I never wanted anyone who was going to stick me on a treadmill for half an hour. I needed to learn weightlifting. I found the perfect coach, and I turned up. I turned up because the anxiety of a new place was nothing compared to the anxiety and pain of baby loss.
So I went. And it’s the best decision I ever made.
Through strength training, I have found more than I ever expected when I walked into that gym.
I found therapy. I found achievement. I found focus and passion for something that WAS NOT removing weight or food from my body.
Instead of shrinking myself, I found I wanted to chase my strength. WOW! I could lift ‘THIS’ weight, and I couldn’t do that yesterday. It was a buzz, it was high. I wasn’t competing with anyone but myself each time. And this became my new form of achievement and nourishment.
I started wanting to eat because it made me strong. I was seeing my body as the strong and capable thing that it was, for perhaps the first time in my life. I was moving in a way that didn’t feel awful. I didn’t feel like I was dying through sweaty, unenjoyable, intense cardio workouts.
I was THRIVING. I became so passionate about this method of moving, that I wanted to shout it from the rooftops.
I barely even thought about food anymore, not in the same way. I didn’t want to lose weight, in fact, my body and weight became the biggest of afterthoughts. I wanted to eat. Eating suddenly became something I enjoyed again.
I wanted to enjoy life as much as I enjoyed weightlifting.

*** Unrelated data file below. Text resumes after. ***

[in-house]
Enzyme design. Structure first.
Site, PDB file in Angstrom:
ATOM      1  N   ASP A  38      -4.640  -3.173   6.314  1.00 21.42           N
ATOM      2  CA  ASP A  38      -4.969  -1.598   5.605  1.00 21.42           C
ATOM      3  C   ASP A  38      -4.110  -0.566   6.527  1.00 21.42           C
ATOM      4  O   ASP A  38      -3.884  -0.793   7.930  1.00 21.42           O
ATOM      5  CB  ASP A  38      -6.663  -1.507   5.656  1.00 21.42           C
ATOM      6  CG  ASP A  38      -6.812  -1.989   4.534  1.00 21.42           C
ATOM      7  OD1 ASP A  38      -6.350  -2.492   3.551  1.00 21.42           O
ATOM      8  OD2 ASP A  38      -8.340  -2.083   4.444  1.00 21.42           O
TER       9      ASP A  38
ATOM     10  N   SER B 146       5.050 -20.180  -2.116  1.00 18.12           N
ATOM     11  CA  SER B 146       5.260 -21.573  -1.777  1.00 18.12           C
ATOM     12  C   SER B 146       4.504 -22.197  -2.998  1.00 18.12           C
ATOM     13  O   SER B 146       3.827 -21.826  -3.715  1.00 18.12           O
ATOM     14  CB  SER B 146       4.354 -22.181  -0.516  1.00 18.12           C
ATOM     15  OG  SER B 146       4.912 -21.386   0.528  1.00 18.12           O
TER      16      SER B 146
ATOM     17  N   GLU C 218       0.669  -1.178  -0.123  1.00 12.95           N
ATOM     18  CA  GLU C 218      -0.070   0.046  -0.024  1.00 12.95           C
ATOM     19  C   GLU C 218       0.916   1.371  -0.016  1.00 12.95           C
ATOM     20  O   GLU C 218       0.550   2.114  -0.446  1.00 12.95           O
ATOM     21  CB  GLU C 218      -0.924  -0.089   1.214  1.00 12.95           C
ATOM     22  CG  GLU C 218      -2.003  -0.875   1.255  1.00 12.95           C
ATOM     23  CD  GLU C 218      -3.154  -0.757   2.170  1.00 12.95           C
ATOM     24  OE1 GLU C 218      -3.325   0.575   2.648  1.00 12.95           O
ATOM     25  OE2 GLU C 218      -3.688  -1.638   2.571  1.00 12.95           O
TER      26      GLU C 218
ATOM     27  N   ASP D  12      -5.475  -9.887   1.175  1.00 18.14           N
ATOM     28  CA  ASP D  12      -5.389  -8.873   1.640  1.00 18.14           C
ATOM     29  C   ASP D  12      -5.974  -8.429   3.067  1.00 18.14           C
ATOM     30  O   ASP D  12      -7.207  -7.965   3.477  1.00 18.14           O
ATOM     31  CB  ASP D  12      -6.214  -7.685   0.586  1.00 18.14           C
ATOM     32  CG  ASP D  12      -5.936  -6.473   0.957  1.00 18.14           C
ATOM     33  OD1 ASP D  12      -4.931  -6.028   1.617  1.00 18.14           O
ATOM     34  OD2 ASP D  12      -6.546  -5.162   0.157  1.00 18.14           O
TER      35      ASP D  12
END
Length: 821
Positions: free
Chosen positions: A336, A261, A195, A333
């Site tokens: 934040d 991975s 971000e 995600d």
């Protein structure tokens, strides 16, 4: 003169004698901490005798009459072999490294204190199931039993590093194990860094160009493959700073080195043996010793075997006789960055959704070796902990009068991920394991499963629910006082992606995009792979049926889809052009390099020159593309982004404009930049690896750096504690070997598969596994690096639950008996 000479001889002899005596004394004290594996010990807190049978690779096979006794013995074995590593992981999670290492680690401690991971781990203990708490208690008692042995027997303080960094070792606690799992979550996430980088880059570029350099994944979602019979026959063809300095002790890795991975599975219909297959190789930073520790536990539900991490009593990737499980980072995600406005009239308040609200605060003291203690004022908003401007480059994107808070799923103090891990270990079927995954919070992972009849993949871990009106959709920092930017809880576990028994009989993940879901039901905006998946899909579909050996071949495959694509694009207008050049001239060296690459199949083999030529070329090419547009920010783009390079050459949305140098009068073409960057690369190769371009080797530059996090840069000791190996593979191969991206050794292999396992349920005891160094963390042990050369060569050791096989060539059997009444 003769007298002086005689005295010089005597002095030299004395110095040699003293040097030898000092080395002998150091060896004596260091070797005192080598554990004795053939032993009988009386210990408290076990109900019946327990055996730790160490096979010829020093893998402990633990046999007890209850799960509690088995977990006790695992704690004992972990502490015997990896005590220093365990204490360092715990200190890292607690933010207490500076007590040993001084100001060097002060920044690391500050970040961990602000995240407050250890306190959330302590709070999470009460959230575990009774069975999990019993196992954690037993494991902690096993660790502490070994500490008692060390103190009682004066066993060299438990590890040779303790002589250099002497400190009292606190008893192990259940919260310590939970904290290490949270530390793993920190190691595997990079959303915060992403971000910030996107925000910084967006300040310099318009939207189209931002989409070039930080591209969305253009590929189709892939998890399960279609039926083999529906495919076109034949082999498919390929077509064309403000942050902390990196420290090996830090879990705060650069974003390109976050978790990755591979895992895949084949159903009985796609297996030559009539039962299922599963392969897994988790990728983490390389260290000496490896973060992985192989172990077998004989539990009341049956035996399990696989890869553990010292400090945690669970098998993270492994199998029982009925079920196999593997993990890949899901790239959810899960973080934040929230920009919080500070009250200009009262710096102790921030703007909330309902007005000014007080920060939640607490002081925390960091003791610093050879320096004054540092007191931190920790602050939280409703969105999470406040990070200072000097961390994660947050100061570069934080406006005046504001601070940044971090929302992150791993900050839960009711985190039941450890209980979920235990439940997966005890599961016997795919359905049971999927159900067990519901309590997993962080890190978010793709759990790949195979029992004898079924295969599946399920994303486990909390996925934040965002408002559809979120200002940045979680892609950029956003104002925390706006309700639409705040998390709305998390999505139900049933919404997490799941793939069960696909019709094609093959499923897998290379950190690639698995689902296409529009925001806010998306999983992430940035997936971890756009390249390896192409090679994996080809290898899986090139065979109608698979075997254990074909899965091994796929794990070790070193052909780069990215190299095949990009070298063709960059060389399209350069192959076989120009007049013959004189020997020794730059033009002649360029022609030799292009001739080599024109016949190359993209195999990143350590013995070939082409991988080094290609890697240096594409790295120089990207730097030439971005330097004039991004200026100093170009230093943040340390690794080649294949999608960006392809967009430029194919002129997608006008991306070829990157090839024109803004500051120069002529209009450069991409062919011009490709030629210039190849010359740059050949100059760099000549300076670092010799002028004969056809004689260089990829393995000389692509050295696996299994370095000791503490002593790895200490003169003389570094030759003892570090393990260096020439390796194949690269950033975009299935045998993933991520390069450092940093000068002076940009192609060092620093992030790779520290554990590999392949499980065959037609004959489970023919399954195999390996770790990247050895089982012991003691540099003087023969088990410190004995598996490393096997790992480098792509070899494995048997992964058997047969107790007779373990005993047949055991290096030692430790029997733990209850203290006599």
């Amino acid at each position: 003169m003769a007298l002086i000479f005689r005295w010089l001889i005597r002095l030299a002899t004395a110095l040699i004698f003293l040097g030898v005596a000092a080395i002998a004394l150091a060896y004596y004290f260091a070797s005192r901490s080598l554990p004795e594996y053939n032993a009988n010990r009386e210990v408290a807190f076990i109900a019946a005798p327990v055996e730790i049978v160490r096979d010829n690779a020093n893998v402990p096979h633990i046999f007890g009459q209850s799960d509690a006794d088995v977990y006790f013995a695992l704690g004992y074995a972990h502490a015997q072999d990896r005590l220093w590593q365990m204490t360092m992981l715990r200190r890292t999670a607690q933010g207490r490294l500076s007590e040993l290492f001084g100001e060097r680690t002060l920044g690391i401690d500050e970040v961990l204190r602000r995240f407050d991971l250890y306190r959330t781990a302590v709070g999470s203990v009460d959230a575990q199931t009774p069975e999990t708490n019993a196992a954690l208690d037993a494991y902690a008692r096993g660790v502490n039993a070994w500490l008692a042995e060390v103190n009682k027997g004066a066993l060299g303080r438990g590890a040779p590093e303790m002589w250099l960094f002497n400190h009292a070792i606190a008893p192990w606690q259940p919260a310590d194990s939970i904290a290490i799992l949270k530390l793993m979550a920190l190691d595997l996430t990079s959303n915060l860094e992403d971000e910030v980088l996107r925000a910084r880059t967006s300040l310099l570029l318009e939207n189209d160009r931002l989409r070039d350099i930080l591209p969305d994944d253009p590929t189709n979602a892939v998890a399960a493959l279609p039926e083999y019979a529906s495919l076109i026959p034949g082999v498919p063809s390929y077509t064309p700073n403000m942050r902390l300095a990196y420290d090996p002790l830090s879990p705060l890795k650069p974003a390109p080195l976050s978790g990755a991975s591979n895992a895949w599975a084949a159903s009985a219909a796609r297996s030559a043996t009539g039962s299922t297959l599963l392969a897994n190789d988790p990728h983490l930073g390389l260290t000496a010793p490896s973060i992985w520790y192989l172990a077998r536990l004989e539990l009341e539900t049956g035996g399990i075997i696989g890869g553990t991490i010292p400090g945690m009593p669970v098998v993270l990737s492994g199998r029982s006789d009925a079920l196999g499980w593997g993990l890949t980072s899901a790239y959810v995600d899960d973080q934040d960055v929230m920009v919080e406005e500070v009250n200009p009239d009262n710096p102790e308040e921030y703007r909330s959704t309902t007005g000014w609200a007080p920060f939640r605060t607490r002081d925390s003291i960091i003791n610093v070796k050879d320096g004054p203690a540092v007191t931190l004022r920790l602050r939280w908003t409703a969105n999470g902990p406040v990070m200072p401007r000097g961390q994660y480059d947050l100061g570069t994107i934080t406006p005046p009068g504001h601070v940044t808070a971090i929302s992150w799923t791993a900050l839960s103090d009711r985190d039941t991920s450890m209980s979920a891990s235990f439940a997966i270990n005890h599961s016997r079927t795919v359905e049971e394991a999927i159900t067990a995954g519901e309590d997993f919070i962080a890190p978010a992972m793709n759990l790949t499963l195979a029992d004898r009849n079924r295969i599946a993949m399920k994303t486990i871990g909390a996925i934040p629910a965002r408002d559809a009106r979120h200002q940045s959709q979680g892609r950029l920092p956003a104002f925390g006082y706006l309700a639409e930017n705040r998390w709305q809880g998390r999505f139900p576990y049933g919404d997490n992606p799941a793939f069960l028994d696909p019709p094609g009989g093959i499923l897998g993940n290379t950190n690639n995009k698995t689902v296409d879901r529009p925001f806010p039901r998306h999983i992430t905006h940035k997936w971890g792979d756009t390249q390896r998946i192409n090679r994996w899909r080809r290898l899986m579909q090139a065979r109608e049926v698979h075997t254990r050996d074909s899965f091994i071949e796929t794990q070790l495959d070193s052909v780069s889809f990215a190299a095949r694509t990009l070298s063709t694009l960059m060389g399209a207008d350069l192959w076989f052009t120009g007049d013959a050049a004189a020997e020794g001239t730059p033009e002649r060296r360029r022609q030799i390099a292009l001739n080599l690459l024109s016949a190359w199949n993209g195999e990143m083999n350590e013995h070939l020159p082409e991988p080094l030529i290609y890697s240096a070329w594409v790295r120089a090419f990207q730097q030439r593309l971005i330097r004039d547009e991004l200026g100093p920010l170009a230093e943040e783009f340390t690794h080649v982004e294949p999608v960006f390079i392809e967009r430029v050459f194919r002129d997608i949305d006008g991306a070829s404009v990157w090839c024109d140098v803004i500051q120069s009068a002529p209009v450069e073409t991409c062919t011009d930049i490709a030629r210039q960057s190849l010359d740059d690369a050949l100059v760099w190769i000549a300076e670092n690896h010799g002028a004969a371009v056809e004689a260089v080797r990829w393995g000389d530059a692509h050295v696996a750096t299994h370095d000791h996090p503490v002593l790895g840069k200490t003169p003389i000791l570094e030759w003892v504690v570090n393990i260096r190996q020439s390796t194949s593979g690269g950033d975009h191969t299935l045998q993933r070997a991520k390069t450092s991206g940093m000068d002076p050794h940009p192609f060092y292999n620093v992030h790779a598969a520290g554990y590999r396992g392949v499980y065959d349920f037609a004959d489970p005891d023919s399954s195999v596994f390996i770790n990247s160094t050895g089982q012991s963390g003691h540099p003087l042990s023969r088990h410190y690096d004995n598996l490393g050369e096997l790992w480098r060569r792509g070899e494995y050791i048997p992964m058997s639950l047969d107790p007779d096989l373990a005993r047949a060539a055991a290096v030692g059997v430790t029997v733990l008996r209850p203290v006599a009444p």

I felt happy. I felt capable. I felt strong. I felt completely empowered.
I suddenly realised how much joy I had been taught to deny myself over my lifetime. You shouldn’t enjoy eating unless you’re in a small body. You should cut out food groups unless you’re in a small body. You shouldn’t eat all morning. You should only eat this much at this time of day. You should do horrific, high-intensity workouts 7 days a week or you’re failing. NO EXCUSES. Eye roll.
Because we have been taught for so long now that being in a smaller body is more important than enjoying food and movement, and life for that matter.
But do you know what my entire life (so far) of experiences has taught me?
Finding methods of movement that are enjoyable to YOU, and eating food that brings you joy until you are content and satisfied, is far ‘healthier’, and will bring you to a much better place than chasing goal weights and BMI’s.
I have been in the obese BMI category, and have been healthy and thriving. I have been in the healthy weight category and almost dead from abusing my body to be smaller.
True health, happiness and a ‘healthy’ weight come from finding the place where you can feel good mentally and physically without torturing yourself (or having others torture you) under the guise of ‘health’.
Weightlifting not weight loss changed my life!
Lauren is a Home Educating mother of 4. She’s a blogger, content creator and photographer, who is also currently studying to take her fitness qualifications so she can help more people who struggle with mental health, disabilities and weight stigma to access help to find movement that brings them joy without the pressure for weight loss. Her main blog is The Heaton Family, along with her Instagram @theheatonfam.
To contact her, drop her an email firstname.lastname@example.org